The push to get children vaccinated against the flu will soon begin in earnest, but for the second year in a row the kids will have to endure a shot instead of the painless nasal spray most prefer.
The spray, FluMist, was deemed so ineffective by the U.S. Centers for Disease Control and Prevention that authorities recommended against using it last year.
That prompted some school systems, including those in Harford and Anne Arundel counties, to cancel or scale back vaccination clinics rather than subject students to arm pricks out of sight of their parents.
The move concerned health advocates, who point out that thousands of people, including healthy children, die every year from the influenza virus during flu season, which generally runs from October through May.
The CDC still recommends that everyone over age 6 months get vaccinated. The agency released a study this year showing that 358 children died of lab-confirmed flu between 2010 and 2014, and that vaccination reduced the risk by 65 percent.
FluMist makers at AstraZeneca say the scientific investigation into the vaccine’s ineffectiveness continues and the goal is approval and renewed recommendation this season. But schools already say they will offer shots.
And with more lead time, more school systems are adding back clinics. Tiffany Tate, executive director of the Maryland Partnership for Prevention, a nonprofit that works on school immunization programs, said schools in Maryland are likely to vaccinate about 70,000 students this year, up significantly from last year, but still not as many as when the nasal mist was available.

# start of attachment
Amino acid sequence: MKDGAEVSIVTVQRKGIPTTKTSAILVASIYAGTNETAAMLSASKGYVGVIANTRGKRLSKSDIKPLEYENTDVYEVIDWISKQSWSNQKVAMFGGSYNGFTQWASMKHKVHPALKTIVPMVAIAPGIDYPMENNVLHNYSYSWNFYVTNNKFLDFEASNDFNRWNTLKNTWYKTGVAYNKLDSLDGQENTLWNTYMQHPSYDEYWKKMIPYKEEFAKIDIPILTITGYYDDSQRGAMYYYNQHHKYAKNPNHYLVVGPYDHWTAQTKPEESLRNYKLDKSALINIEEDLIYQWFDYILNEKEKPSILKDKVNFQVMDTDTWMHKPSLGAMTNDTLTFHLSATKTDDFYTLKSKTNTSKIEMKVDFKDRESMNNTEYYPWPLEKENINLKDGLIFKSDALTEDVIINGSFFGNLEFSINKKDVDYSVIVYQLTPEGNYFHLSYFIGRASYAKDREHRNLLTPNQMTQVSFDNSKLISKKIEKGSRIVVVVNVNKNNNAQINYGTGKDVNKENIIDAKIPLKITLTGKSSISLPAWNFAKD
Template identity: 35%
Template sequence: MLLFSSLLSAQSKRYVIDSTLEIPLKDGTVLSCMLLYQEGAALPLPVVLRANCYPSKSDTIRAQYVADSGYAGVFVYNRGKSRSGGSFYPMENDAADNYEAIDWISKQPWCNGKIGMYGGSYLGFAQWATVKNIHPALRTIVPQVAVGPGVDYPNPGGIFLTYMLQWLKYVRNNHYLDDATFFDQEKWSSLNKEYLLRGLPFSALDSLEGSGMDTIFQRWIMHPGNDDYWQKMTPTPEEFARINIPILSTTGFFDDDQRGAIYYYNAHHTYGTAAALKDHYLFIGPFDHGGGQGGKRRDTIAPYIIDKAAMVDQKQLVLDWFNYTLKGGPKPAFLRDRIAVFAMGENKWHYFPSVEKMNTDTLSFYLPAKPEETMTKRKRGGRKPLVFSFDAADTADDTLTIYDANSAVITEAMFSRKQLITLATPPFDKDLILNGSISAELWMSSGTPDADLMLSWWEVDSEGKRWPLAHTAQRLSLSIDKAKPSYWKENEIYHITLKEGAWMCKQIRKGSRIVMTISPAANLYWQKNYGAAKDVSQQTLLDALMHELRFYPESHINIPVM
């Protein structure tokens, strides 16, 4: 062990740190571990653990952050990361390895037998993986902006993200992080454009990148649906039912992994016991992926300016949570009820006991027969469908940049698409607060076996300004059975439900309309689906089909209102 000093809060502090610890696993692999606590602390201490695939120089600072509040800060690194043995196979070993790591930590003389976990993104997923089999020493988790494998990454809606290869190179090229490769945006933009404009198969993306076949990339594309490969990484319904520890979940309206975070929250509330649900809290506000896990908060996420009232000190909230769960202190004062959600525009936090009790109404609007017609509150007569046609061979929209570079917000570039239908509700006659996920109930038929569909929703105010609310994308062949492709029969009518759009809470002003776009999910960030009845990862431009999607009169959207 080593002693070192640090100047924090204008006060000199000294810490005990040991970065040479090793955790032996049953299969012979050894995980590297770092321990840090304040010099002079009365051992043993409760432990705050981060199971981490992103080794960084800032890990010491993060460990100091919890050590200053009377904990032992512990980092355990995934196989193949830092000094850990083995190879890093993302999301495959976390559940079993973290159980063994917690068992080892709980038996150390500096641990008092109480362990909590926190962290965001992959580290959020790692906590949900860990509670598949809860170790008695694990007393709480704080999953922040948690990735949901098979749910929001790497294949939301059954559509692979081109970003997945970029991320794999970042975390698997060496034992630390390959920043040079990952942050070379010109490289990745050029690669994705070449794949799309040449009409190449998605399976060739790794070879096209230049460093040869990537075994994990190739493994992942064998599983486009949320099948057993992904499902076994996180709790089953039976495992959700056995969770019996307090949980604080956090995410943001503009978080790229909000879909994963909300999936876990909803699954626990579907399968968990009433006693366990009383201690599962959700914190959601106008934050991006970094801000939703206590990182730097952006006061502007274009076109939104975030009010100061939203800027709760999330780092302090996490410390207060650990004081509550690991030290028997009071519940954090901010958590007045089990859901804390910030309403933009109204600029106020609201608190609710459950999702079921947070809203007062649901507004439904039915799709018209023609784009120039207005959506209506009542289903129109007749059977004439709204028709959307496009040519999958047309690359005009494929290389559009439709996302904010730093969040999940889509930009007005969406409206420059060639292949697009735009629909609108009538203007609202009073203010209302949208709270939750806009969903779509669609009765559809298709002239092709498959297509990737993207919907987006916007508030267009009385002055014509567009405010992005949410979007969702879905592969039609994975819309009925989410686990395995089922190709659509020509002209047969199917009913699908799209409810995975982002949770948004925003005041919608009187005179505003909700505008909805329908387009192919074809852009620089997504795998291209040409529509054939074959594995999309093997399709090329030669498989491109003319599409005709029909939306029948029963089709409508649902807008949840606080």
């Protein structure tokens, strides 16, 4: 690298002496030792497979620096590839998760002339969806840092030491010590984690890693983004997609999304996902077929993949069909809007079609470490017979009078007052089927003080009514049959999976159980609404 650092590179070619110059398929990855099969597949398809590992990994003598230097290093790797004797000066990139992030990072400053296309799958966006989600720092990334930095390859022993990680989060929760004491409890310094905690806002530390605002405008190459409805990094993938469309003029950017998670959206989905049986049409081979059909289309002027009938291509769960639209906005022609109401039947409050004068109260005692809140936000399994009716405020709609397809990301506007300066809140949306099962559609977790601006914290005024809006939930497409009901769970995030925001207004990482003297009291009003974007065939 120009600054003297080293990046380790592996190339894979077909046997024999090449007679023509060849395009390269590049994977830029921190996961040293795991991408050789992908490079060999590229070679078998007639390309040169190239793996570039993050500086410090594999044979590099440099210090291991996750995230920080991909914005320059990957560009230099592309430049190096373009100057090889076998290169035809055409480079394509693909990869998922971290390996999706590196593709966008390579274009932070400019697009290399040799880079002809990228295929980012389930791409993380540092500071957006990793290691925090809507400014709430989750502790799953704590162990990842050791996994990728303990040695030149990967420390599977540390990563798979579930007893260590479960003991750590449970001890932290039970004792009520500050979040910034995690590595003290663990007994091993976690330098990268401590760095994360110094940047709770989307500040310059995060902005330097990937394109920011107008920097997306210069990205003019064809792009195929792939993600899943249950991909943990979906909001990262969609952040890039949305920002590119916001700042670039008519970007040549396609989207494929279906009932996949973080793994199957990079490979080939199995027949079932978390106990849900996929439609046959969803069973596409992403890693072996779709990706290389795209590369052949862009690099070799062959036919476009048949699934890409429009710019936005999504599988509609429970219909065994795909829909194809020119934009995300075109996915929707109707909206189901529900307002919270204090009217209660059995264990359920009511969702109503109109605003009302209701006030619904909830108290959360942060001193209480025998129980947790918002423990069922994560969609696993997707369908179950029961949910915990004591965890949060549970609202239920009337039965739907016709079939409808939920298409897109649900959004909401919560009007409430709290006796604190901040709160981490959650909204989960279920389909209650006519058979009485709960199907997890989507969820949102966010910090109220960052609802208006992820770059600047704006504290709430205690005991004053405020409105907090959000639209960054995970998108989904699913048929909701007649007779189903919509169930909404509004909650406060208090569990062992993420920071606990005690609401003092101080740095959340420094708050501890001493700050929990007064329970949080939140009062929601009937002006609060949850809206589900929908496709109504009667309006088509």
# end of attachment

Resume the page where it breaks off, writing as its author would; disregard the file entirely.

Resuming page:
Schools vaccinated about 100,000 children, a quarter of the elementary students, in years past. (Others are vaccinated by their doctors, by local health departments or at pharmacies.)
The partnership is working to vaccinate 40,000 students in Howard, Carroll, St. Mary’s and Anne Arundel schools beginning the last week of September. Harford won’t vaccinate in schools this year, but others, including Baltimore, plan to offer shots to every student.
Flu vaccinations are not required by Maryland schools, and each jurisdiction’s program looks a bit different. Most focus on elementary-age kids, but some target only low-income families.
Following the death this year of a healthy Baltimore County student from flu, Tate said, some school districts, including Carroll County, plan to expand to older grades.
Seventeen-year-old Lansdowne High School senior Kayla Linton died in January.
Tate said a big takeaway from last year: The fuss over shots was overblown.
“Children as young as 3 years old tolerated the vaccine amazingly well,” she said. “All the fears were unfounded.”